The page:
Find out the high and low points, cast updates and more in this complete review
This is a particularly tricky review to write. This not because all the high points of “Russian Doll” are at all equivocal. The story of the show is quite attracting and striking. This impressed me in such a way that it almost becomes one of the favorite show of 2019.
Although there are many reasons which make the series so impeccable. But according to me, the best part is the meticulous framework throughout the series. This until the bittersweet end. Digging too deep into what makes this show great would mean betraying too many of its secrets. Also, the joy of discovering them is just too much fun to ruin here.
Moreover, the series is created by Natasha Lyonne, writer/director Leslye Headland, and producer Amy Poehler. The “Russian Doll” is spiky, funny, devastating, and downright bizarre. It follows simmering New York City misanthrope Nadia (Lyonne) through the most horrific. Also the life-changing, a revelatory night of her life — over, and over, and over, and over again.
However, Stuck in her 36th birthday party for seemingly the rest of the time. Nadia cycles through her life, related trauma, and as many drugs as she can get her hands on. At first, her unraveling doesn’t quite register for her hard-partying friends (Greta Lee and Rebecca Henderson). Nor her mooning ex-boyfriend (Yul Vasquez), nor even Ruth (Elizabeth Ashley).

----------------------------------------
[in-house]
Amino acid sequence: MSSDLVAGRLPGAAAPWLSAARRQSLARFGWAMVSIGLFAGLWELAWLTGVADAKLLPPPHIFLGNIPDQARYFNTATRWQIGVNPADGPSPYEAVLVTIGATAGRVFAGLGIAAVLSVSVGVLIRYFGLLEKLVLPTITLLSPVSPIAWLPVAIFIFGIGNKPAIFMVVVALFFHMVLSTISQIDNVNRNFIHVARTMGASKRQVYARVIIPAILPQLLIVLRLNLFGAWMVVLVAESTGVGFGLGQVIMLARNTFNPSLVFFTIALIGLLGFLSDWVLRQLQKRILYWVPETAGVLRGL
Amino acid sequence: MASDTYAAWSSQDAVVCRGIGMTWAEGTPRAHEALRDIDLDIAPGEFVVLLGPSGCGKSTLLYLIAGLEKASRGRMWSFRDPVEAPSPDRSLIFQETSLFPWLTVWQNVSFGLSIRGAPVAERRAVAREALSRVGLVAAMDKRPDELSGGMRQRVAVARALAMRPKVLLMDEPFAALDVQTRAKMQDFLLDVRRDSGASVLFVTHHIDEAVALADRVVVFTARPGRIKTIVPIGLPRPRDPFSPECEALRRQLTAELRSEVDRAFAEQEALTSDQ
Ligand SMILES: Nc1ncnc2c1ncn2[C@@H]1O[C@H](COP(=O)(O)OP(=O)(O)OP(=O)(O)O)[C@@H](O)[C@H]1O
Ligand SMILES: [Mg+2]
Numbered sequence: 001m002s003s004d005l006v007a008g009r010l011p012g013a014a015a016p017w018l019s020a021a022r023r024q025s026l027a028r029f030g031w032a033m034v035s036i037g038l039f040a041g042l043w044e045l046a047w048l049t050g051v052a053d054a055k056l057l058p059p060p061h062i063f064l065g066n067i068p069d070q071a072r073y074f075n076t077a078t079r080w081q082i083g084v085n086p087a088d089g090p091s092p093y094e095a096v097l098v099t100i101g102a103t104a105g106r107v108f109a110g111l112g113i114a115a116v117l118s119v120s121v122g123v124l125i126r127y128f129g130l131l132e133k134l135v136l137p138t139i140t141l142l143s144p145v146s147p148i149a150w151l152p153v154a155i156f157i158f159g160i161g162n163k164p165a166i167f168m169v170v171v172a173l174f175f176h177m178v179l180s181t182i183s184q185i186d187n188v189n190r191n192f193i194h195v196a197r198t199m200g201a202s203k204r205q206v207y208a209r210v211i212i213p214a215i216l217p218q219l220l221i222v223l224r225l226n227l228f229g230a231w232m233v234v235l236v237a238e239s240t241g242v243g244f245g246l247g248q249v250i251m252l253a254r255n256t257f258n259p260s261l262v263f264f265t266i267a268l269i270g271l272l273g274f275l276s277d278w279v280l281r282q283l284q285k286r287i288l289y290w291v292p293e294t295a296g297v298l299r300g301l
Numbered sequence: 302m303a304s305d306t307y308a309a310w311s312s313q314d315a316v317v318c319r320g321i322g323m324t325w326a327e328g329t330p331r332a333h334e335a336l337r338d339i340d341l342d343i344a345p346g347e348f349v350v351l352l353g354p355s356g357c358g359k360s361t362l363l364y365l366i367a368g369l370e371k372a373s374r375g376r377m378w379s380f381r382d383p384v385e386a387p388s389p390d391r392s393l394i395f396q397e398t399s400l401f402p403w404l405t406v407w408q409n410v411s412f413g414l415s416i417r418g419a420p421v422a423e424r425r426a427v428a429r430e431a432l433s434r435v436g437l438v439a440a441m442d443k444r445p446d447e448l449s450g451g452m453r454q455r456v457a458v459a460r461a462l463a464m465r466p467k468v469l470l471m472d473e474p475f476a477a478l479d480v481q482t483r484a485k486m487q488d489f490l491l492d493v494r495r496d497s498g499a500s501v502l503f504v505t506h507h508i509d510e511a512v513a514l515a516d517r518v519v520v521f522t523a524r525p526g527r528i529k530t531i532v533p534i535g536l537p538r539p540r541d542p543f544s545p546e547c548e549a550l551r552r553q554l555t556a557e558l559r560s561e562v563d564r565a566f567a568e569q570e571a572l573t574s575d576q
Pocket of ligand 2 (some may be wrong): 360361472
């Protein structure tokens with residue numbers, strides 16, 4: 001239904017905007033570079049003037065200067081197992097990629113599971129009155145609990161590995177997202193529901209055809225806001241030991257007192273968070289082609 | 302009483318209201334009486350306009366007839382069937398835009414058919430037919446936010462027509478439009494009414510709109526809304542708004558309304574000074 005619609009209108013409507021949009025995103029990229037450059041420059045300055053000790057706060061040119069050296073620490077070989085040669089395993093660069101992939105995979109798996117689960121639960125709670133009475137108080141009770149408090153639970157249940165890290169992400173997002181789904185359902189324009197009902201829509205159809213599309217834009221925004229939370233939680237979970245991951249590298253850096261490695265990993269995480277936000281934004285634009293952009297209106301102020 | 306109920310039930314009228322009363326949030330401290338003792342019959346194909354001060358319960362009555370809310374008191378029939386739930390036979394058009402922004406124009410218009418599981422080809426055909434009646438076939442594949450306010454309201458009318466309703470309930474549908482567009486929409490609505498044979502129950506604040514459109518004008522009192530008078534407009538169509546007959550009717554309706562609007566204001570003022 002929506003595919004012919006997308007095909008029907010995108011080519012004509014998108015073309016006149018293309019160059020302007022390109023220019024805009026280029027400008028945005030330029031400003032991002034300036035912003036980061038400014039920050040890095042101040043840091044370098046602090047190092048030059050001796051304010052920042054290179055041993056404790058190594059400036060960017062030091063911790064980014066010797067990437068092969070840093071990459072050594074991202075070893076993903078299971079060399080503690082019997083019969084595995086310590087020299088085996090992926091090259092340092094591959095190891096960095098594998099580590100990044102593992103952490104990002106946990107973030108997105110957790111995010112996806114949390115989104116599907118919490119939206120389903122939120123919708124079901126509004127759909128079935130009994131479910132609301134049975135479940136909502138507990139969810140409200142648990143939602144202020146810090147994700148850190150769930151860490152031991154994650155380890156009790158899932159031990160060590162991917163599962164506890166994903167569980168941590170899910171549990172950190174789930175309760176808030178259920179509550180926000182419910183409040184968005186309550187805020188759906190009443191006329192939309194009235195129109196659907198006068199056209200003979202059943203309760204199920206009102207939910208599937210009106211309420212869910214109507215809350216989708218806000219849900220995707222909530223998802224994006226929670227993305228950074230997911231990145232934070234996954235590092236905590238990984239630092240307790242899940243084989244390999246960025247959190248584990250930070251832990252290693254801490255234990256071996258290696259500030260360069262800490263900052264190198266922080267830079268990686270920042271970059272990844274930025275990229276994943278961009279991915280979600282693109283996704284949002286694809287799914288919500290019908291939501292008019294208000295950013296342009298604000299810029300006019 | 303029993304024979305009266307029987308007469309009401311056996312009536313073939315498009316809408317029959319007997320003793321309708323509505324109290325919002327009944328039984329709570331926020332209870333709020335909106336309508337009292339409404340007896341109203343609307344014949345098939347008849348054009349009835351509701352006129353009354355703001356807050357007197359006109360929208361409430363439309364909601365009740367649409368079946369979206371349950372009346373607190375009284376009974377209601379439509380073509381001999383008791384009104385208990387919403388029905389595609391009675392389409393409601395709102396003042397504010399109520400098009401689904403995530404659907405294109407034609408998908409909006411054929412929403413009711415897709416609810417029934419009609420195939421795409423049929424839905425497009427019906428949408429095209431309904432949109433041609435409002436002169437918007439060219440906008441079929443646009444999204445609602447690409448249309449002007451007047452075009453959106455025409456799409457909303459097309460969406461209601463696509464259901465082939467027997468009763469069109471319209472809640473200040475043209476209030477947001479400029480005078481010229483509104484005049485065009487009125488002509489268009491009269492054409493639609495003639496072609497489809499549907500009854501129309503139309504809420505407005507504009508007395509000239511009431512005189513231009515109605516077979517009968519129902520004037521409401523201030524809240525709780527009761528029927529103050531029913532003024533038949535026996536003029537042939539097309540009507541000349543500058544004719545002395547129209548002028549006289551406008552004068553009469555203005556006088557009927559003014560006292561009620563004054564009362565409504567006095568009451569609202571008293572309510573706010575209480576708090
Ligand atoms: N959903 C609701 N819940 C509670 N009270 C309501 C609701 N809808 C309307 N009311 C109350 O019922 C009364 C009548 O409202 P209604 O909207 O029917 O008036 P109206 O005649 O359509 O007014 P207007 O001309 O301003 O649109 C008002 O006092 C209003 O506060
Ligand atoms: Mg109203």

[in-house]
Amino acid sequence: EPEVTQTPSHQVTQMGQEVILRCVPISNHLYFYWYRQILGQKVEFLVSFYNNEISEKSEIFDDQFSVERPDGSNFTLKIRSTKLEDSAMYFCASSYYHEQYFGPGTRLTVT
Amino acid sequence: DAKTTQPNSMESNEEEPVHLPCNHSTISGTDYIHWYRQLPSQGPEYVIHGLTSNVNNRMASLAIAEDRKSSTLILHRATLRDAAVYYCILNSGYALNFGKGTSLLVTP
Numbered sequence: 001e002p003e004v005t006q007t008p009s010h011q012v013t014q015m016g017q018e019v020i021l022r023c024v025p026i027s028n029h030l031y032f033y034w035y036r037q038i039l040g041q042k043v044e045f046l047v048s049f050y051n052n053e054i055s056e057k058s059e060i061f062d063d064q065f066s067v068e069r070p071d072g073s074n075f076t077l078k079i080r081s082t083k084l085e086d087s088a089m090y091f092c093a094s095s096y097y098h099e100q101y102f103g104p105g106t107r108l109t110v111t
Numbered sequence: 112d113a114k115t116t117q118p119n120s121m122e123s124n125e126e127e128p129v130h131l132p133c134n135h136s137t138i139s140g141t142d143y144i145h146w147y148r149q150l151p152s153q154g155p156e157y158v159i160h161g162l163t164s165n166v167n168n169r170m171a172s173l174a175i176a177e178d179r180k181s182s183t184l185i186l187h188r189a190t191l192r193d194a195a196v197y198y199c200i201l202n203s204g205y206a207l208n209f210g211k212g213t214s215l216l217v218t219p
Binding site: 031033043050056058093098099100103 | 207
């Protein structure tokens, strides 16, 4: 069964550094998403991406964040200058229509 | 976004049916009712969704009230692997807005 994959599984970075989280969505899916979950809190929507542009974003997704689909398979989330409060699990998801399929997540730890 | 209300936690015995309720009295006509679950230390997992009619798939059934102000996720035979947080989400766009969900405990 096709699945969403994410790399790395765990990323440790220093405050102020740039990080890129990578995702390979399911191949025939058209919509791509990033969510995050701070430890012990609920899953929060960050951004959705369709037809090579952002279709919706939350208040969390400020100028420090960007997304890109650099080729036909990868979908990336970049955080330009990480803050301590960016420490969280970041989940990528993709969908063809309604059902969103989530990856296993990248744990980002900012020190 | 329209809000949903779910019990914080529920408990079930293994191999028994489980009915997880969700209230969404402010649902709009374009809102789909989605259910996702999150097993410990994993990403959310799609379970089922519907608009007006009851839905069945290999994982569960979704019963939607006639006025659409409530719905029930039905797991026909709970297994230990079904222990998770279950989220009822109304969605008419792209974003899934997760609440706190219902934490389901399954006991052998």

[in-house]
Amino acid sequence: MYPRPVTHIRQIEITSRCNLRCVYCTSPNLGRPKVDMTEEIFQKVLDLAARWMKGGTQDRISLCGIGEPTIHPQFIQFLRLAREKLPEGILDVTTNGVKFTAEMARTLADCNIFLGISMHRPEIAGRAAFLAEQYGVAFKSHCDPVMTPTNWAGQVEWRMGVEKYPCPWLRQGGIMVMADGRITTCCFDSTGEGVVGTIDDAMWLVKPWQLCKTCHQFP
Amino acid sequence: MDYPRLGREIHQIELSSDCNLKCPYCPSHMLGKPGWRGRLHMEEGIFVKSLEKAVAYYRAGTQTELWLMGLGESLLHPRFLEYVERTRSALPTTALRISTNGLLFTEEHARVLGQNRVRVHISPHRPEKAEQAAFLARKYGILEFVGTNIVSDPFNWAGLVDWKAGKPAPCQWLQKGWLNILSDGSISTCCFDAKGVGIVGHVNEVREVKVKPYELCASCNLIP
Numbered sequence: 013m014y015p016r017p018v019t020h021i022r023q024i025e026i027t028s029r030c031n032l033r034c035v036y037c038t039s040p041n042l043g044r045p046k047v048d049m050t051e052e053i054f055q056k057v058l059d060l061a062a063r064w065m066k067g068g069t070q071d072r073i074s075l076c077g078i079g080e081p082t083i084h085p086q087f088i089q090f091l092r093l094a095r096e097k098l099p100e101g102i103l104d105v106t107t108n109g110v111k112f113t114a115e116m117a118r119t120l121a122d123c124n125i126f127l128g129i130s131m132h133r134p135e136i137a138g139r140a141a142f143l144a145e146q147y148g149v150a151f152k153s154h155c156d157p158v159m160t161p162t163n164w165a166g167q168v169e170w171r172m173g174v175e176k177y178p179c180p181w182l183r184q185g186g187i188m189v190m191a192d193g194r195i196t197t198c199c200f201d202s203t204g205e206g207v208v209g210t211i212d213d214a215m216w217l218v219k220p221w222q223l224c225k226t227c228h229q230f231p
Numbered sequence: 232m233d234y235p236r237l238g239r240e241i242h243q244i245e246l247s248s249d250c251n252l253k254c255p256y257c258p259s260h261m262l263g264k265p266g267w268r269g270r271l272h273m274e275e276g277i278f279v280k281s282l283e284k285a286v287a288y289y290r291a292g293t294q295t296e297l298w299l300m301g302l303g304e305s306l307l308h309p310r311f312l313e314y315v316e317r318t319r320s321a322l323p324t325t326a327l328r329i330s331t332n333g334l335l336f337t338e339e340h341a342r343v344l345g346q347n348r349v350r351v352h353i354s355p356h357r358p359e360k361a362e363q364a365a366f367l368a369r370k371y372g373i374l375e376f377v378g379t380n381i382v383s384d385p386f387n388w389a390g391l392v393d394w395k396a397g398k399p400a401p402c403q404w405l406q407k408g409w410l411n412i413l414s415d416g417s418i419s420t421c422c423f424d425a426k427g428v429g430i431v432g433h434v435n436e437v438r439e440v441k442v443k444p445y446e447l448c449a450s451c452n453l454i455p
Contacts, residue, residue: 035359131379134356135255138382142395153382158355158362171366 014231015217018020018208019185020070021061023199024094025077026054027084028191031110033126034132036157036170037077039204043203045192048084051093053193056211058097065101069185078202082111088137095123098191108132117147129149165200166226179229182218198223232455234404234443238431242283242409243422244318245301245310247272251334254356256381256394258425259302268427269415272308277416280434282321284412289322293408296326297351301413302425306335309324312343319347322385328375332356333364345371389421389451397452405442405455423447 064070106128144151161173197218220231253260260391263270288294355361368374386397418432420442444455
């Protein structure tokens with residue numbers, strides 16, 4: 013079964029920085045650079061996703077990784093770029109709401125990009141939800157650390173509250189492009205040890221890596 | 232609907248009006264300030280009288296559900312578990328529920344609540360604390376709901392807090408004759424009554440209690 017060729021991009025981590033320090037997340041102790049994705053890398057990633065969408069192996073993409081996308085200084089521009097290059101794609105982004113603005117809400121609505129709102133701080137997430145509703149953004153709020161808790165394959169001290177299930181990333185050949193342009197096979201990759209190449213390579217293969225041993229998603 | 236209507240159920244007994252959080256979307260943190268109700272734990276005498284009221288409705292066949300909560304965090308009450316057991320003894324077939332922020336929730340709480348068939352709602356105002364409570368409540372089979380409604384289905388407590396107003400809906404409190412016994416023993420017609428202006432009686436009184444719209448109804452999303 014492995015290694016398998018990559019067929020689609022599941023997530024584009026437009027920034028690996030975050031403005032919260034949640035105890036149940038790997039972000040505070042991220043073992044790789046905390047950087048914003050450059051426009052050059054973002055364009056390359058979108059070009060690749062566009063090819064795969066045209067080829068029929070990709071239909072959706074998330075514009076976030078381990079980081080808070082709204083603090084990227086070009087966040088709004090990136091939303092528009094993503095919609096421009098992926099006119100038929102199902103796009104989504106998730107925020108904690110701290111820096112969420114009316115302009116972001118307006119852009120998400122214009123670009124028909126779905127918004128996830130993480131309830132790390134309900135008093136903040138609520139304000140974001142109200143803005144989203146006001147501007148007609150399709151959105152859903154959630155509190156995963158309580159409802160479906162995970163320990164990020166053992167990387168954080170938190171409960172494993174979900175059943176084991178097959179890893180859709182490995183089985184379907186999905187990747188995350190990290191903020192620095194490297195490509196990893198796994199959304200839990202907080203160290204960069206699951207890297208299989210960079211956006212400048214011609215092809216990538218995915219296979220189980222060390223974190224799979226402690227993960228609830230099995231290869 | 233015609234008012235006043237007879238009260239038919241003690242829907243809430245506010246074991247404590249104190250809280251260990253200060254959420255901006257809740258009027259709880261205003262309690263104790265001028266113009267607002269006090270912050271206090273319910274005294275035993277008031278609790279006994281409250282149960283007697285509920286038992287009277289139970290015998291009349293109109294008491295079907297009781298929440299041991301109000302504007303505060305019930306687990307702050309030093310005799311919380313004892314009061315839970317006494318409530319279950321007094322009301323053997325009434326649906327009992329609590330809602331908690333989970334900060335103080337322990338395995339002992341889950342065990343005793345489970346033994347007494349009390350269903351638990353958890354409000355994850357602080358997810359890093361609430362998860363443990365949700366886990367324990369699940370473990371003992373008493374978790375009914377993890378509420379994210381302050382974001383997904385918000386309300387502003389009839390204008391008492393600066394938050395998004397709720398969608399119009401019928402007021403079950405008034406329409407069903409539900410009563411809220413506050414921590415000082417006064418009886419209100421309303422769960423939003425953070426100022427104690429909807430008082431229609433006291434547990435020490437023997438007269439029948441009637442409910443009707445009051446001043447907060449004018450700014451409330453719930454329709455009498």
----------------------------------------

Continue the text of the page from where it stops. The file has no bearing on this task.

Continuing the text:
It is a therapist who’s acted as Nadia’s surrogate mother for as long as she can remember. After all, Nadia greeted 36 with open disbelief that she even lived to see it. Her mother, an almost mythic figure who looms over Nadia’s psyche and the series alike, never did.
Though the blend of genres is where “Russian Doll” thrives. Often, when it seems like the show has leaned fully into its comedy. Not to mention Lyonne’s particularly sharp comic timing, it effortlessly shifts gears into pure drama.
It chases punchlines with stark revelations, blends jokes with twists so dark. It is in such a way that watching it often becomes a practice in laughing through startled tears.
So, yes: the less you know about “Russian Doll” going into it, the better. But once you’re out, good luck fighting the temptation to dive right back into its calculated chaos all over again.
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